World Library  
Flag as Inappropriate
Email this Article

Timothy Bedel

Article Id: WHEBN0003617066
Reproduction Date:

Title: Timothy Bedel  
Author: World Heritage Encyclopedia
Language: English
Subject: Bedel's Regiment, New Hampshire politicians, Continental Army officers from New Hampshire, 11th Infantry Regiment (United States), New Hampshire Provincial Regiment
Publisher: World Heritage Encyclopedia

Timothy Bedel

Timothy Bedel (1737 – February 24, 1787) was a soldier and local leader prominent in the early history of New Hampshire and Vermont.

Bedel was born in Salem, New Hampshire. During the French and Indian War he served as a lieutenant in the New Hampshire Provincial Regiment at Fort at Number 4, Crown Point, Fortress Louisbourg, the capture of Quebec and later at the capture of Havana, Cuba. Bedel served in the New Hampshire colonial and state assembly during and after the war and was elected to the break away assembly to create New Connecticut which became known as the Vermont Republic.

Bedel and his wife Elizabeth had a son named Moody Bedel, born on May 12, 1764, who became a brigadier general during the War of 1812. Moody Bedel's son John Bedel was a brigadier general of volunteers during the American Civil War.

American Revolution

On May 26, 1775, Timothy Bedel, a member of the New Hampshire provincial assembly, was appointed to command a company of rangers to be raised at Coos, New Hampshire. Coos was known as ( Abenaki name for a place variously spelled cowasuk, cohos, or Koes ), a military command located in Haverhill, New Hampshire and Newbury, Vermont where natives gathered to transport people and goods into Canada.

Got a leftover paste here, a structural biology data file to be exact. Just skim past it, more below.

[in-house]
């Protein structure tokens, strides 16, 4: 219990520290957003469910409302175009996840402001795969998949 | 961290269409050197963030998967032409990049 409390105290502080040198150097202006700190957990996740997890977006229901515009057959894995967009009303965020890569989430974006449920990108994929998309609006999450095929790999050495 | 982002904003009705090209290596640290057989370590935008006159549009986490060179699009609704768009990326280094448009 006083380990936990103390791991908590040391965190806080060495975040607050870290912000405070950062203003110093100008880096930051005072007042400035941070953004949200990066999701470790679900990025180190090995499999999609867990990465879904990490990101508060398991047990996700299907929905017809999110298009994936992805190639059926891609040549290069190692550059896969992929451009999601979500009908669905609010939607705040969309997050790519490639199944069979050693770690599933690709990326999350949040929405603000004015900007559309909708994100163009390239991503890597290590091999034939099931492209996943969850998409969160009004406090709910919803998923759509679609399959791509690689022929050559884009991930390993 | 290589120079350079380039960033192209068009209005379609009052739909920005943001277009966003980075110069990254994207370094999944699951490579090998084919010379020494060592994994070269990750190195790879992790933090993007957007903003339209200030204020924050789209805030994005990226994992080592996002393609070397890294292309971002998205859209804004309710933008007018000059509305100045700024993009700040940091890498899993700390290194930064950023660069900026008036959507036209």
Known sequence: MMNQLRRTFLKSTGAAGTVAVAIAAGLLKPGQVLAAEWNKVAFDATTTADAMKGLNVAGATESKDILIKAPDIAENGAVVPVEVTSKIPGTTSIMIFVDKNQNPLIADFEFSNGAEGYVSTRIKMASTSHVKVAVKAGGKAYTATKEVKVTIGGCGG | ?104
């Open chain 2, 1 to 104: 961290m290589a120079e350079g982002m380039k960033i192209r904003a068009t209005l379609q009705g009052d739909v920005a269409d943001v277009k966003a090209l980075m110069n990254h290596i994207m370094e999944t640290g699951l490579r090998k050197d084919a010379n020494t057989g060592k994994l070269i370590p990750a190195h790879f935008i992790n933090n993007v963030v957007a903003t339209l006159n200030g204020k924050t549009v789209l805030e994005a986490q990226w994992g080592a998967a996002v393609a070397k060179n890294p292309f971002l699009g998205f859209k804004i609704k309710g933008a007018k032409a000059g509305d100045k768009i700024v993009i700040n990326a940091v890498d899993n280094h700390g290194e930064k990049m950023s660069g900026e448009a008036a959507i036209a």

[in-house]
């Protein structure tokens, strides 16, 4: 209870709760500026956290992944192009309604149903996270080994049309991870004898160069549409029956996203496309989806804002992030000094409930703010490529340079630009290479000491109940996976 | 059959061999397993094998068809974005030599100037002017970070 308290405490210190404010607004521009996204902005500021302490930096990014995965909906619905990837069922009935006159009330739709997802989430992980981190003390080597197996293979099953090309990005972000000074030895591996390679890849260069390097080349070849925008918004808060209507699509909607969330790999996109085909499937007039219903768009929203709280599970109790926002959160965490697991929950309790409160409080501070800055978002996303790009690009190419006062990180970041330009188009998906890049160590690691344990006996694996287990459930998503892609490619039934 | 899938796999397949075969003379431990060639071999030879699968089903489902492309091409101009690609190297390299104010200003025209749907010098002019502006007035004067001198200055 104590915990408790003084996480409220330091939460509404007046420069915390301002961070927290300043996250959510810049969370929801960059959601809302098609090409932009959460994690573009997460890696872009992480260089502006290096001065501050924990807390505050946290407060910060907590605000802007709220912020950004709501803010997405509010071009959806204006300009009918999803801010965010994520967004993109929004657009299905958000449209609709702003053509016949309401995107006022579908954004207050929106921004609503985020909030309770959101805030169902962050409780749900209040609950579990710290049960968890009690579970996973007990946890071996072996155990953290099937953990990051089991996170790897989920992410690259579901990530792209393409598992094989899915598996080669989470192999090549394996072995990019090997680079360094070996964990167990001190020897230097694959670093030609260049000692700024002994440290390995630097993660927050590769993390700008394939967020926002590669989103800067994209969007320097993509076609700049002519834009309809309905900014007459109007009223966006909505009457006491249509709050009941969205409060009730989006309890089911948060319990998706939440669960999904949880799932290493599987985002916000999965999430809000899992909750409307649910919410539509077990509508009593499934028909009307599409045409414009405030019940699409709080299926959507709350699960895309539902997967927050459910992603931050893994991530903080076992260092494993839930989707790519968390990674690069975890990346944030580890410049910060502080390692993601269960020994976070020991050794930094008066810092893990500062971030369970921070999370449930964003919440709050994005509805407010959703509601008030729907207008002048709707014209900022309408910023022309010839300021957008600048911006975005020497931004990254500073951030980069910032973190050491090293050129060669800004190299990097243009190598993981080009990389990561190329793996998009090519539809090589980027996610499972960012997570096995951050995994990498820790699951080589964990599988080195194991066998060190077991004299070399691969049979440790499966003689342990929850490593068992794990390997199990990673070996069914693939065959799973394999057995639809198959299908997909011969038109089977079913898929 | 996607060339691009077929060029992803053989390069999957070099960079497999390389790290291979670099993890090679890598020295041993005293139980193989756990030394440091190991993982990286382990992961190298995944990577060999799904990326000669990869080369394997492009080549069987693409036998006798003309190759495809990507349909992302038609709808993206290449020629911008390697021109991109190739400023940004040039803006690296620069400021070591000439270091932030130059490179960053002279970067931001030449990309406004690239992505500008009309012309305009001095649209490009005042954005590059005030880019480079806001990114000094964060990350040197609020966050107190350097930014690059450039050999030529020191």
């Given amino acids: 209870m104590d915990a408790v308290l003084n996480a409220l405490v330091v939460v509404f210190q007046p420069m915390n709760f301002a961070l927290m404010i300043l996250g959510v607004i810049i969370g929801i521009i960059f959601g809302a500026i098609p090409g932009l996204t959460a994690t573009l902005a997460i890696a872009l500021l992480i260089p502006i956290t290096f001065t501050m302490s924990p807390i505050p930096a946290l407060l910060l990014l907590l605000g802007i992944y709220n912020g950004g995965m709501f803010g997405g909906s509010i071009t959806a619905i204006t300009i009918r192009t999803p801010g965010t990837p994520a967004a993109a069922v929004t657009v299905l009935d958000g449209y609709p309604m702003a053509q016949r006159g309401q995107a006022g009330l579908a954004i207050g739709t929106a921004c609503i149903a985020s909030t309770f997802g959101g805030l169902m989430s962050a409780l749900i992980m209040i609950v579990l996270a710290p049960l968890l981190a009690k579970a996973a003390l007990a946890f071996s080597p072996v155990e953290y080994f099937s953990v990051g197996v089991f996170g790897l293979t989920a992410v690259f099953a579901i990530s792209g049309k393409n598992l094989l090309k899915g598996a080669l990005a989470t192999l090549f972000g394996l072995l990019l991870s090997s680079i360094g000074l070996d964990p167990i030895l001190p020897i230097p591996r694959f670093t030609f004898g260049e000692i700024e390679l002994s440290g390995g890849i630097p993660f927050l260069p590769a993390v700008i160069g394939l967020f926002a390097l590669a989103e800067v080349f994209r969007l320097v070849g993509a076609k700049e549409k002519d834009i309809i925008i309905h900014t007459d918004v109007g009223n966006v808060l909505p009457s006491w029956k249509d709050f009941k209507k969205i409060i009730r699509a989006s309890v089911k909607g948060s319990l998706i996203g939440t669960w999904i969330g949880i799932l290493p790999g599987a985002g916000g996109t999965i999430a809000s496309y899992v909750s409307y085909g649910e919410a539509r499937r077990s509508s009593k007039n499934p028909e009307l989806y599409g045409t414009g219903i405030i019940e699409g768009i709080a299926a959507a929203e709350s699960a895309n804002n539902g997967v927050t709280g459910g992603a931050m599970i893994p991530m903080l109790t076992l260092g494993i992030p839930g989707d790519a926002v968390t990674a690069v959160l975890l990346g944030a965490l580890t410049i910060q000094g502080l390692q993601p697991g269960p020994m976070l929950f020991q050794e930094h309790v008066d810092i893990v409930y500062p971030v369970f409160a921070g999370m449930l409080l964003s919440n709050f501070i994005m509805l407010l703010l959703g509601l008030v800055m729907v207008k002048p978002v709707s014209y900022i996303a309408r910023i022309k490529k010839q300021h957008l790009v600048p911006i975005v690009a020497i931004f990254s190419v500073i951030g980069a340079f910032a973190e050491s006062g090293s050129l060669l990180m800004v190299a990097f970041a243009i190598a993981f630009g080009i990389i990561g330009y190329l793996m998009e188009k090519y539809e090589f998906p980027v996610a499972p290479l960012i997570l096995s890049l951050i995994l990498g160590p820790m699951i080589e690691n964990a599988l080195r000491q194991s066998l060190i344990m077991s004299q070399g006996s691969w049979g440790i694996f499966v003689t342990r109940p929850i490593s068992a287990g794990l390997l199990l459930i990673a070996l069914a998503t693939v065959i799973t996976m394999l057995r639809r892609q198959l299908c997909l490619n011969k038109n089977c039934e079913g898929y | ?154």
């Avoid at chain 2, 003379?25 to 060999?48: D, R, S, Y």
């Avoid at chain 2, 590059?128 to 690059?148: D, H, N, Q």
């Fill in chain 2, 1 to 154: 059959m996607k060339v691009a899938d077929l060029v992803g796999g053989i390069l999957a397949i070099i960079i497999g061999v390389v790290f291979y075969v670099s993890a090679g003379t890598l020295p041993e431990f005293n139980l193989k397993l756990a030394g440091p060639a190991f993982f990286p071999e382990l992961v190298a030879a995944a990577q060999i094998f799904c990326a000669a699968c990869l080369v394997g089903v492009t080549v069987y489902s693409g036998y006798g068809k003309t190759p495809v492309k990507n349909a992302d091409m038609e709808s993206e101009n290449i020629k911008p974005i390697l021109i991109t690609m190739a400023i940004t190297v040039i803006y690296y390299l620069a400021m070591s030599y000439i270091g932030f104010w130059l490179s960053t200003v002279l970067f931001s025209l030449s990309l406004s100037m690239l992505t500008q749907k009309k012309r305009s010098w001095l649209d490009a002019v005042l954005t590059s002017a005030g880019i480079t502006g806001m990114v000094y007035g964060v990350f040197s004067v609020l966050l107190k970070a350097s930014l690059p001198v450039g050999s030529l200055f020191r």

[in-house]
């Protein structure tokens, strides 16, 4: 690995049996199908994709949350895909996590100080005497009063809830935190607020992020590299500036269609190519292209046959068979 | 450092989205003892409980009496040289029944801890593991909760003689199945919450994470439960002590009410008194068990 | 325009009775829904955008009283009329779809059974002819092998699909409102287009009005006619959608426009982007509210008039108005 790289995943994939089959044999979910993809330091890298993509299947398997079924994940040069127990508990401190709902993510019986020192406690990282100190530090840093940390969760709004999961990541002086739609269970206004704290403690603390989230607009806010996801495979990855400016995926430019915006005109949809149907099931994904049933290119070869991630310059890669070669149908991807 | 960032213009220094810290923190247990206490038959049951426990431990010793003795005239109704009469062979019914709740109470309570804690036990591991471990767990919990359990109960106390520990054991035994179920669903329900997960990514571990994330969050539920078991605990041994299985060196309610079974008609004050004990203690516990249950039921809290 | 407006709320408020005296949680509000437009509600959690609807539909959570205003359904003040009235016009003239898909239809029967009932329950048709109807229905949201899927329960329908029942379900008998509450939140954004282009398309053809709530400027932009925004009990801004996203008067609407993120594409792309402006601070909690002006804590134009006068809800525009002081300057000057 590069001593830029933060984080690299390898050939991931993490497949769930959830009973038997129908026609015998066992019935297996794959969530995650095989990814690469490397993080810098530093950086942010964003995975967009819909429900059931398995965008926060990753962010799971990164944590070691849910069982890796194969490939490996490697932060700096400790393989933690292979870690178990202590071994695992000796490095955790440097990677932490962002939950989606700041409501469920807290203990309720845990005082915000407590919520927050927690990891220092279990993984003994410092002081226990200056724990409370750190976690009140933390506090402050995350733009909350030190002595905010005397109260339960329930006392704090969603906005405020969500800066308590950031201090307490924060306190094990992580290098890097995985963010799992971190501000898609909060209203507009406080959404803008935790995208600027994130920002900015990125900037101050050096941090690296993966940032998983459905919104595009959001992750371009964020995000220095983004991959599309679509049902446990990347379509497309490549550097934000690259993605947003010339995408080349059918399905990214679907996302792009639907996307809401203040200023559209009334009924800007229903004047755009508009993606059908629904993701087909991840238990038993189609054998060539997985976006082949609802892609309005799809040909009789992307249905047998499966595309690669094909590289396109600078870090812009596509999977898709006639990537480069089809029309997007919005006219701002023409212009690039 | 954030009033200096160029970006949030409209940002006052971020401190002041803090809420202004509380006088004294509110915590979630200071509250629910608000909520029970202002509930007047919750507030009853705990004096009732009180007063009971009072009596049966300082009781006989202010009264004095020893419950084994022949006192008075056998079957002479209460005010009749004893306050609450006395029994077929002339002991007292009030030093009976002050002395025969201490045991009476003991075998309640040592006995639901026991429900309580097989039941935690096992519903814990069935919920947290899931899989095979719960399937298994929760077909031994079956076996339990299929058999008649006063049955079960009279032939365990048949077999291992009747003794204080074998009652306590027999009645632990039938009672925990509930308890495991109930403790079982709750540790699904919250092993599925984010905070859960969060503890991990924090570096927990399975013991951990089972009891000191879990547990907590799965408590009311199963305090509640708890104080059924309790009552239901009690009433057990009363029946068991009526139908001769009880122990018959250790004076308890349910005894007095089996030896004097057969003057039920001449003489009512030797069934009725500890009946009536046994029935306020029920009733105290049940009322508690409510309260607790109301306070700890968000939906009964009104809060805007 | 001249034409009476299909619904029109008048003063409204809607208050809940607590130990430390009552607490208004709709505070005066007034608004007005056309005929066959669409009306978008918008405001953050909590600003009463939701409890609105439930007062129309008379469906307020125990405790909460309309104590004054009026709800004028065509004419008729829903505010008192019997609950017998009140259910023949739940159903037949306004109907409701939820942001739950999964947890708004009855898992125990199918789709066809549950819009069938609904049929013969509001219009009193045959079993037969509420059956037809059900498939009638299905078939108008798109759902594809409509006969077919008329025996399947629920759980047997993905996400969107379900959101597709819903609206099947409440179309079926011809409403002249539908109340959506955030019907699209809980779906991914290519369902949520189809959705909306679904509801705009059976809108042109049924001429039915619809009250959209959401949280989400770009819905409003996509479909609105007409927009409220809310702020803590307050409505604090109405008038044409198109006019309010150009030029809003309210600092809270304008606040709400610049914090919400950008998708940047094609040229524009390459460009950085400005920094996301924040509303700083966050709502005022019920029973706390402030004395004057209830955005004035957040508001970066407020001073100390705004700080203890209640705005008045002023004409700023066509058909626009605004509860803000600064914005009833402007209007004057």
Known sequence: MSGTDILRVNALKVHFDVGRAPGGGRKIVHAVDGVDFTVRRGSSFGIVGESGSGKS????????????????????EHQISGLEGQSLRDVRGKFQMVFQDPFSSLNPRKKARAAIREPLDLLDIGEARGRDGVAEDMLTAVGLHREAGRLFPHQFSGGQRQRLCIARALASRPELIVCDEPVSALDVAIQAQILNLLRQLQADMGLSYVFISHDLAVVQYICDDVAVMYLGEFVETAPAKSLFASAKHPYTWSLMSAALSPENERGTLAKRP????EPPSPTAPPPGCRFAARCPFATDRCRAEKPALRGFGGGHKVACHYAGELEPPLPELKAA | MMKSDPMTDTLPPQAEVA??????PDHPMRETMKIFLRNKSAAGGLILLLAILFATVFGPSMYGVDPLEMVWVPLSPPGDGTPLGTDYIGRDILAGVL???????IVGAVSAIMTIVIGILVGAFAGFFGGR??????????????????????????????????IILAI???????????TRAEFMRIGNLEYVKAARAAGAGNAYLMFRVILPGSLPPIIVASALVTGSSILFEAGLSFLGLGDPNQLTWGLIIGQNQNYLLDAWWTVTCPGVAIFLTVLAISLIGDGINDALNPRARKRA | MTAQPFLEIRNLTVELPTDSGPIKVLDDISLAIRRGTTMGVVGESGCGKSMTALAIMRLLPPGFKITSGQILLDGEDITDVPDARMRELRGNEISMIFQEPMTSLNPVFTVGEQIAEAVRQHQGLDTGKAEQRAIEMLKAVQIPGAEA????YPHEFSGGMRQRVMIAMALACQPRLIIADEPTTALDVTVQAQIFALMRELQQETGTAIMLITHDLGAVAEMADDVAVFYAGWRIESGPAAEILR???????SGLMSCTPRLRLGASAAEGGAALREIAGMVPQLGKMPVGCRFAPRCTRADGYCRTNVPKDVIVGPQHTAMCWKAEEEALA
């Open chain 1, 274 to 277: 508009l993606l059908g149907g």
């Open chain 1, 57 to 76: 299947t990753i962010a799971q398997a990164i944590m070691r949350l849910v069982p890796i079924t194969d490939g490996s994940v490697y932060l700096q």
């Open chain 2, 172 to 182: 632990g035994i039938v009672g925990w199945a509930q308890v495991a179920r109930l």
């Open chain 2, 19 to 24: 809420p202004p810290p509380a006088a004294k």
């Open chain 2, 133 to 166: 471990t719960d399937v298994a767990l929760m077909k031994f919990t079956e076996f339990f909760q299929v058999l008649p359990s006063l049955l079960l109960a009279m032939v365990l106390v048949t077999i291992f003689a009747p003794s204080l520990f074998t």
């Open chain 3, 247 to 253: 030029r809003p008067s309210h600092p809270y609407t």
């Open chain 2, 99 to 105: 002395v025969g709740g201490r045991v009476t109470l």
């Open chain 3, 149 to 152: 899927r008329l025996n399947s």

Bedel's Regiment recruited a unit which quickly grew into a regiment of eight companies. He became a colonel in the New Hampshire militia to protect the northern frontier of New Hampshire in an area of disputed land Grants between Fort at Number 4 and Crown Point. A contemporary soldier of the French and Indian War with whom he served, William Stark, an older brother of John Stark, also wanted this command, and when turned down William Stark joined the British Army.

Bedel's ranger regiment joined the Continental Army during the Invasion of Canada. Bedel saw action at the Siege of Fort St. Jean. When his unit arrived he was the senior regimental commander. His command was criticized by General Richard Montgomery for overspending and wasting of provisions particularly rum.

He missed the Battle of The Cedars while he was ill at the hospital at Lachine, Quebec. At The Cedars, most of Bedel's Regiment was captured by the British and their Native American allies. Eight days later his men were exchanged for British soldiers captured at the St. Jean. Both Bedel and his second in command, Major Isaac Butterfield, were court-martialed for the disaster at The Cedars. Bedel was found not guilty and Butterfield was found guilty of cowardice. Bedel's Regiment was disbanded on January 1, 1777, when enlistments expired. He subsequently recruited a series of ranger regiments for New Hampshire. Part of his command became part of the Green Mountain Boys at the Battle of Quebec.